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Now to the real fun—choosing (or even better, designing) your hardware. MIPS is the most commonly used CPU architecture in these kinds of devices, with older devices using the MIPS32 4K cores, and newer devices probably using the MIPS32 24K cores. As MIPS 24K is about 3% slower than MIPS 4K at the same clock rate (because of the longer pipeline), it makes sense to use it only if you really need clock rates of about 400MHz. However, benchmarks show that networking devices are memory- and I/O-bound, not CPU-bound (after all, there is not much number crunching in forwarding packets, with a few exceptions discussed later), so you probably will need these high clock rates only if you are going to use DDR RAM and not SDRAM (which is limited to 133MHz).
Another option is the new (at least in the embedded world) multithreading (MT) technology of the MIPS32 34K, which can have a configurable number of Virtual Processing Elements (VPEs) and Thread Contexts (TCs). Without going into too much detail, this technology is a more flexible equivalent of Intel Hyper-Threading, which helps the CPU exploit parallelism at the process and thread level (compared to parallelism at the instruction level, which superscalar processors can exploit quite well). This can boost performance in some cases, especially when there are a few concurrent processes or threads that are I/O- or memory-bound, but benchmarks show that this may not always be the case. In addition, MT has an overhead—MIPS 34K is slightly slower than MIPS 24K at the same clock rate, and the Linux kernel becomes slightly slower when compiled with symmetric multiprocessing (SMP) enabled.
Another CPU you probably should consider is MIPS' closest competitor—ARM. It is used less frequently than MIPS for these particular devices, mostly for historical reasons. ARM7 is very popular, small and has a low power core; however, it is clearly too slow for an RG. If you decide to go with ARM, you should consider one of the ARM9 or ARM10 families of processors, with the major differences, as far as an RG application is concerned, being performance, power consumption and cost.
RAM and Flash choice is obvious; you need at least 8MB of RAM and 2MB of Flash. However, as memory prices are dropping, I expect that future devices will have 64MB of RAM and 4MB of Flash. For the same reason, you probably will have to go with DDR and not SDRAM—as SDRAM actually becomes more expensive than DDR.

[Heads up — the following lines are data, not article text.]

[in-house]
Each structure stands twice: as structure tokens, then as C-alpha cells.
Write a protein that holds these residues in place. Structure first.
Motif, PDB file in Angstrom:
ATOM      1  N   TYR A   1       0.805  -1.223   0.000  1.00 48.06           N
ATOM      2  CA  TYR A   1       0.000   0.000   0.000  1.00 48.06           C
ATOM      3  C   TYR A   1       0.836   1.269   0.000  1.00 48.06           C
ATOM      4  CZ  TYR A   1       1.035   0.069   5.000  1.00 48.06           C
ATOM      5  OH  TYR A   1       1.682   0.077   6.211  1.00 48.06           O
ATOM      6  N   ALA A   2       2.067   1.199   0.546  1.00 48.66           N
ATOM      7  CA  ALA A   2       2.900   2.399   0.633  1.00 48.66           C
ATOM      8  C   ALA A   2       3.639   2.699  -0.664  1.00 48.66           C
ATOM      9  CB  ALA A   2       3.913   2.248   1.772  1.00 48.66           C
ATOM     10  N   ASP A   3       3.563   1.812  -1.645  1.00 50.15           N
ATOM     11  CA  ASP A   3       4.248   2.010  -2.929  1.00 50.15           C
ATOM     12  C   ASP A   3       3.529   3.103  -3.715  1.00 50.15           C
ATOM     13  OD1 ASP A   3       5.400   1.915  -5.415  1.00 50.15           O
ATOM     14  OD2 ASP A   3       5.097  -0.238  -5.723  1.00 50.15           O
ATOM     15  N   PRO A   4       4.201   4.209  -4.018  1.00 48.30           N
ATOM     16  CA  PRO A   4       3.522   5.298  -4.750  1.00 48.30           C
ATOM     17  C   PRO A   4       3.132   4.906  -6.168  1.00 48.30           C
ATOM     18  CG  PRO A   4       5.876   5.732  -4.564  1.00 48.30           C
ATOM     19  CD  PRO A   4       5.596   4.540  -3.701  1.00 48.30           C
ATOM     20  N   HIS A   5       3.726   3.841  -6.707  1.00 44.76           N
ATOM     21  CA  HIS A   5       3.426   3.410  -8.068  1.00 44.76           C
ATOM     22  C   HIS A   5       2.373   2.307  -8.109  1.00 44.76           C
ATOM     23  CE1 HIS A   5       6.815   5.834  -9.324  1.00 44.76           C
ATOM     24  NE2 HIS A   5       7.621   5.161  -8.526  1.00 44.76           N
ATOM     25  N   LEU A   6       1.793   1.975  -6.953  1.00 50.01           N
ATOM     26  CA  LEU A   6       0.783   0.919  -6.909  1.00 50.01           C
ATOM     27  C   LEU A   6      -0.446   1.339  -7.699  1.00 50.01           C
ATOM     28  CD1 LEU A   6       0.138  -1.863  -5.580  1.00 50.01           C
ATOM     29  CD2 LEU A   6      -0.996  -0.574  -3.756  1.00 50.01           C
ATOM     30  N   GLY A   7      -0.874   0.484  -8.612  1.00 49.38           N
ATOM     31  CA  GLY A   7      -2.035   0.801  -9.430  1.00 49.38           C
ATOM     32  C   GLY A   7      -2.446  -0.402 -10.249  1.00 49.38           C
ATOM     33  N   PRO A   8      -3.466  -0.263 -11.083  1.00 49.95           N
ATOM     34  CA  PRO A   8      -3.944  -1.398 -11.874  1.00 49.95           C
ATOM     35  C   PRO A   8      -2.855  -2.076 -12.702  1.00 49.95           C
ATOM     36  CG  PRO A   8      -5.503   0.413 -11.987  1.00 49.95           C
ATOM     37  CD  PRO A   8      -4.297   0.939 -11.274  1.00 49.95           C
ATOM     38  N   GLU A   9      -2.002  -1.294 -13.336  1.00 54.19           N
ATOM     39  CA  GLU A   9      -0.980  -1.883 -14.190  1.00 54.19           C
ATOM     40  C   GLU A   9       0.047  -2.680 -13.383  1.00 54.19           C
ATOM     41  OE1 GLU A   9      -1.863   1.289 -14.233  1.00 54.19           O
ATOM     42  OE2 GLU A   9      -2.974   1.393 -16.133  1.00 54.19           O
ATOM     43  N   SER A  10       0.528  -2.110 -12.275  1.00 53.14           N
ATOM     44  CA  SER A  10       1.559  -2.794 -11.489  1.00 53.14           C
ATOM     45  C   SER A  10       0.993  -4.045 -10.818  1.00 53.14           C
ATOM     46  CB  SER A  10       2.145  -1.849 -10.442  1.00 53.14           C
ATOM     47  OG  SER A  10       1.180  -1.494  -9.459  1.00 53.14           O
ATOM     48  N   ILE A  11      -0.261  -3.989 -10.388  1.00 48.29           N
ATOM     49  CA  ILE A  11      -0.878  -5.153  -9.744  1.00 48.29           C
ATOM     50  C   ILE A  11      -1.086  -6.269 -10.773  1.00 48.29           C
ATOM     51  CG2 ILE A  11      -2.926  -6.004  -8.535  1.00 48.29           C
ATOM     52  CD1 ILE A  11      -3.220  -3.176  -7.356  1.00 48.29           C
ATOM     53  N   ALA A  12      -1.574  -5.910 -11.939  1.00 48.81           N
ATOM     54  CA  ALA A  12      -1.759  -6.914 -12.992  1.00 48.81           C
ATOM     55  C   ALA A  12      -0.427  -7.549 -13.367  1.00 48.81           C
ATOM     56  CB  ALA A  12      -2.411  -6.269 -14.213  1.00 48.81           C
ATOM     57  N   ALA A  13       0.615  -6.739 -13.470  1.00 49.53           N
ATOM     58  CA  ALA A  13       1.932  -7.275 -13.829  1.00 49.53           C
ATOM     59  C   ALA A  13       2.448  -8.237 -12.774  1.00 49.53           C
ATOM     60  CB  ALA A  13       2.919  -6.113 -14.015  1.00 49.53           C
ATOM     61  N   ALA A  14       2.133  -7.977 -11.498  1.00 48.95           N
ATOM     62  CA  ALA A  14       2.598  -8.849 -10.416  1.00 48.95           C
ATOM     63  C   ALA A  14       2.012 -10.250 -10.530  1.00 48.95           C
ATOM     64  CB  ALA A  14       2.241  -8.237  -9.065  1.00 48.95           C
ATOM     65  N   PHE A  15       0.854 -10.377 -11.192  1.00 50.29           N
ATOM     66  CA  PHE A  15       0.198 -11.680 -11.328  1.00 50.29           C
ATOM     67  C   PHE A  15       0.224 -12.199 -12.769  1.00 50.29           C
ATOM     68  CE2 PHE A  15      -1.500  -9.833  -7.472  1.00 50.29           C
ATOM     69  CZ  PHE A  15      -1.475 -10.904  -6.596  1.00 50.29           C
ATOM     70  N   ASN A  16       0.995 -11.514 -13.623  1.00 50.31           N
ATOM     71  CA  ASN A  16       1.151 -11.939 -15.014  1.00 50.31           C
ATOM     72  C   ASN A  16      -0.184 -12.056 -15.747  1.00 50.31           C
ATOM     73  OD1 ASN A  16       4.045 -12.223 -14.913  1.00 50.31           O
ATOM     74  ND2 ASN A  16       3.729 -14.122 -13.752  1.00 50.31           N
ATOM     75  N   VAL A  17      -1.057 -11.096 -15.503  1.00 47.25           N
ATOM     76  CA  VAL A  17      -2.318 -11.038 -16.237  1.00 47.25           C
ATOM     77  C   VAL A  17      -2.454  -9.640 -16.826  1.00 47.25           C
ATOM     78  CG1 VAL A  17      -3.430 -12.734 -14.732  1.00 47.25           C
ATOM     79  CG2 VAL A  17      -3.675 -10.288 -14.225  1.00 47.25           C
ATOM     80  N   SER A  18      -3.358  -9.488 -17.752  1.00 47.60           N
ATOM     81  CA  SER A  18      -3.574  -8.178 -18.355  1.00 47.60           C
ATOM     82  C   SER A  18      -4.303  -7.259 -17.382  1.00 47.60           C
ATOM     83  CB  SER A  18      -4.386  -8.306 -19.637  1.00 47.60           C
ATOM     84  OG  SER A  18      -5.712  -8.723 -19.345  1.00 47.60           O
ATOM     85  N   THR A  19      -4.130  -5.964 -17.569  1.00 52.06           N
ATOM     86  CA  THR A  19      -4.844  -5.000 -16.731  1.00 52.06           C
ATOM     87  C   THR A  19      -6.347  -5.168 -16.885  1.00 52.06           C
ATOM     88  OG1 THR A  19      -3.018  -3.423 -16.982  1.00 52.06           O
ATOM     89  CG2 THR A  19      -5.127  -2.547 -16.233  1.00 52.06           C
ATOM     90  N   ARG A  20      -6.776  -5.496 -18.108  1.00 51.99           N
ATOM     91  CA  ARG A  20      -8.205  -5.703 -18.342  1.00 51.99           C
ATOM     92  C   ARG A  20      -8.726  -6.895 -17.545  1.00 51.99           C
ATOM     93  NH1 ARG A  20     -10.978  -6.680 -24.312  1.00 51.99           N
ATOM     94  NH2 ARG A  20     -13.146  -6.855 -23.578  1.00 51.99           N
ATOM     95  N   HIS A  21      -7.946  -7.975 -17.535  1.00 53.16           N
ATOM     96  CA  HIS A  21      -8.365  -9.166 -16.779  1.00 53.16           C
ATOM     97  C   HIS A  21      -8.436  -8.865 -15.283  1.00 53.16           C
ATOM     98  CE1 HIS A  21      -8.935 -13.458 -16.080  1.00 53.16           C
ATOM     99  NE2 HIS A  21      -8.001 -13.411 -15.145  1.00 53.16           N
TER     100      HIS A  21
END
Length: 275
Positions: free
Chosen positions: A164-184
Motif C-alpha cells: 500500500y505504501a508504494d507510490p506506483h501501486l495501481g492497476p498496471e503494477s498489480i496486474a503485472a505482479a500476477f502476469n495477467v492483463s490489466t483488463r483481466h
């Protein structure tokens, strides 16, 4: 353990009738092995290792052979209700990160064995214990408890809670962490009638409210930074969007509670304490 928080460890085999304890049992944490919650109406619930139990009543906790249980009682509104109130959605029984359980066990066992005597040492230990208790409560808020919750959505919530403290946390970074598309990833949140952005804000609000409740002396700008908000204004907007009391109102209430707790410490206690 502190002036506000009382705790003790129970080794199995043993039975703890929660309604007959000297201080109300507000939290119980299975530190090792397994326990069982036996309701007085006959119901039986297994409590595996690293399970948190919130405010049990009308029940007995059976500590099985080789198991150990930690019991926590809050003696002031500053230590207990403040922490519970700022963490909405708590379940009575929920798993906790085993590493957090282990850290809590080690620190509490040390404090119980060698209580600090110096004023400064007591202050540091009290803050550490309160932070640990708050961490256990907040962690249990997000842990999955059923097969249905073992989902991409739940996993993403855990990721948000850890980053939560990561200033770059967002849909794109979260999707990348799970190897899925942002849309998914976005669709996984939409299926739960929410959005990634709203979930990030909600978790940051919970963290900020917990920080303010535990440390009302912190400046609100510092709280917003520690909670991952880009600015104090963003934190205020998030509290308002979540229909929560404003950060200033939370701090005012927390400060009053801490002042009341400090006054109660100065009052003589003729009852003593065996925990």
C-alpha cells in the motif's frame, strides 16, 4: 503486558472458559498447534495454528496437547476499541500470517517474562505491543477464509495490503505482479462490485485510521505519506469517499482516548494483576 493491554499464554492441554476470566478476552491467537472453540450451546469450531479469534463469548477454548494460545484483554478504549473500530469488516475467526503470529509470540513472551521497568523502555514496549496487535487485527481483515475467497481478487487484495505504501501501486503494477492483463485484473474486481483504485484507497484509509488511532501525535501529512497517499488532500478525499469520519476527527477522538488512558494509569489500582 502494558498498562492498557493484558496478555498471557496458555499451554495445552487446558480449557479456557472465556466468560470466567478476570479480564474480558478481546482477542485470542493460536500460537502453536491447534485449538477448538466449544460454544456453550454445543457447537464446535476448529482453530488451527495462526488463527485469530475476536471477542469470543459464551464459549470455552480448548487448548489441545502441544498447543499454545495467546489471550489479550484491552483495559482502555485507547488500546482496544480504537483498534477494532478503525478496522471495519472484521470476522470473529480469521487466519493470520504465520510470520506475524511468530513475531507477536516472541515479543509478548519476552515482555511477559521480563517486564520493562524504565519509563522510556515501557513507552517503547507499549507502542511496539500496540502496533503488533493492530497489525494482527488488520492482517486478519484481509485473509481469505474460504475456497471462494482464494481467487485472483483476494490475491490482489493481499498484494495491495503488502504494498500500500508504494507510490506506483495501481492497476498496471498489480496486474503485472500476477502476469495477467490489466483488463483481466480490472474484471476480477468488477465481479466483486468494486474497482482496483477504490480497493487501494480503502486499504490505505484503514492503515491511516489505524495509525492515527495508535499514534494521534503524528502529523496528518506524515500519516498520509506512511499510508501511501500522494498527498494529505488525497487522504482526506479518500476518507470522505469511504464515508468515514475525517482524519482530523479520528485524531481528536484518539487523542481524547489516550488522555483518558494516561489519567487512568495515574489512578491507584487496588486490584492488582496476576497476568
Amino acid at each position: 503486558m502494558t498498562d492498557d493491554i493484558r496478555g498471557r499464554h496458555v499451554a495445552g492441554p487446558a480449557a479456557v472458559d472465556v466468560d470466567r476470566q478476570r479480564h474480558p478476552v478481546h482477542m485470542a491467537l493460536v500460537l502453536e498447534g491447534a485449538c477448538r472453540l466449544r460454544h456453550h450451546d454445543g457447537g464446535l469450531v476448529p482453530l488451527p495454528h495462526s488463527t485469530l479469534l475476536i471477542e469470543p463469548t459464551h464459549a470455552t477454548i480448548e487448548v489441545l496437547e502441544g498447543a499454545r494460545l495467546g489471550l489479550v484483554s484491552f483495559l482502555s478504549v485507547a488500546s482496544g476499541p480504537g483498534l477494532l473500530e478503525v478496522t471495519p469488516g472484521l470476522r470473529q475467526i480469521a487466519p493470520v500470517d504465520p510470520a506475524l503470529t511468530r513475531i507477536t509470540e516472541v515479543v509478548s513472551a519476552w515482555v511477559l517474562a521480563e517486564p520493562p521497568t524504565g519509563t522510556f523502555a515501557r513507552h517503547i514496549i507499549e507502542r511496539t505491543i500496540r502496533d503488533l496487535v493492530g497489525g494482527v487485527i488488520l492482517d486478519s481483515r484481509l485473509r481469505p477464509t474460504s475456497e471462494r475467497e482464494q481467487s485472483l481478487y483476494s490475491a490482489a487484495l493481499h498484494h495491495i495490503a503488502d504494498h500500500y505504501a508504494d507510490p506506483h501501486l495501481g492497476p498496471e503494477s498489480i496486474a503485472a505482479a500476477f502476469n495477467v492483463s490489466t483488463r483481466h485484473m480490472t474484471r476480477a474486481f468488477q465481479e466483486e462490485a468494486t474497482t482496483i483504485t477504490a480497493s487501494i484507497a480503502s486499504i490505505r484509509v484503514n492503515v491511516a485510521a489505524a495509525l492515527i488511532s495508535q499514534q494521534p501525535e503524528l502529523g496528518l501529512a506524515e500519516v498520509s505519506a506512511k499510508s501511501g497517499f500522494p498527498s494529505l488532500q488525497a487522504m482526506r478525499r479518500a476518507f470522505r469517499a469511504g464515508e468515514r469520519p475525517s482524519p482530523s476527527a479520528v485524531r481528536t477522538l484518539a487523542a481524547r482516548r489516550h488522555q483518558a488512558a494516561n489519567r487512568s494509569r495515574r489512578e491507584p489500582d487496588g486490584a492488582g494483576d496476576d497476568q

Assuming you are going to use one of the reference design boards provided by a manufacturer (board design is beyond the scope of this article anyway), you are ready to test your brand-new RG. Unfortunately, you are in for a big surprise. Your CPU is going to choke at not so unreasonable bandwidths.
One possible solution is to use a more powerful (and significantly more expensive) CPU, such as the Intel IXP or Freescale PowerQUICC network processors. For instance, the 533MHz IXP425 will have no problem sustaining that kind of traffic. Unfortunately, in order to stay competitive, RG manufacturers cannot afford these high-end processors, so a more creative solution is required.
This is the challenge of next-generation RGs—achieve high throughput using low-end hardware. One possible solution is to offload the whole data path of the RG to hardware, the way it works on high-end core routers, which usually employ a general-purpose CPU only for management and control. There are a few chips that can do this for the low-end RG market, such as the Realtek RTL8650B/RTL8651B, which can do routing, NAT and firewall in hardware. Of course, the implementation is limited compared to the Linux TCP/IP stack, but the hardware can be configured to trap the CPU in case it encounters a packet it cannot handle, so that most of the packets will be forwarded from one interface to another without interrupting the CPU. However, this approach has a number of problems, the most serious one being the fact that the hardware TCP/IP stack is limited to a fixed interface (MII in case of RTL8650). It would be difficult and, in some cases, impossible, to connect other interfaces, such as 802.11, DOCSIS and xDSL, to that logic. Therefore, I believe that although this approach can work in some specific cases, it is a wrong idea in general.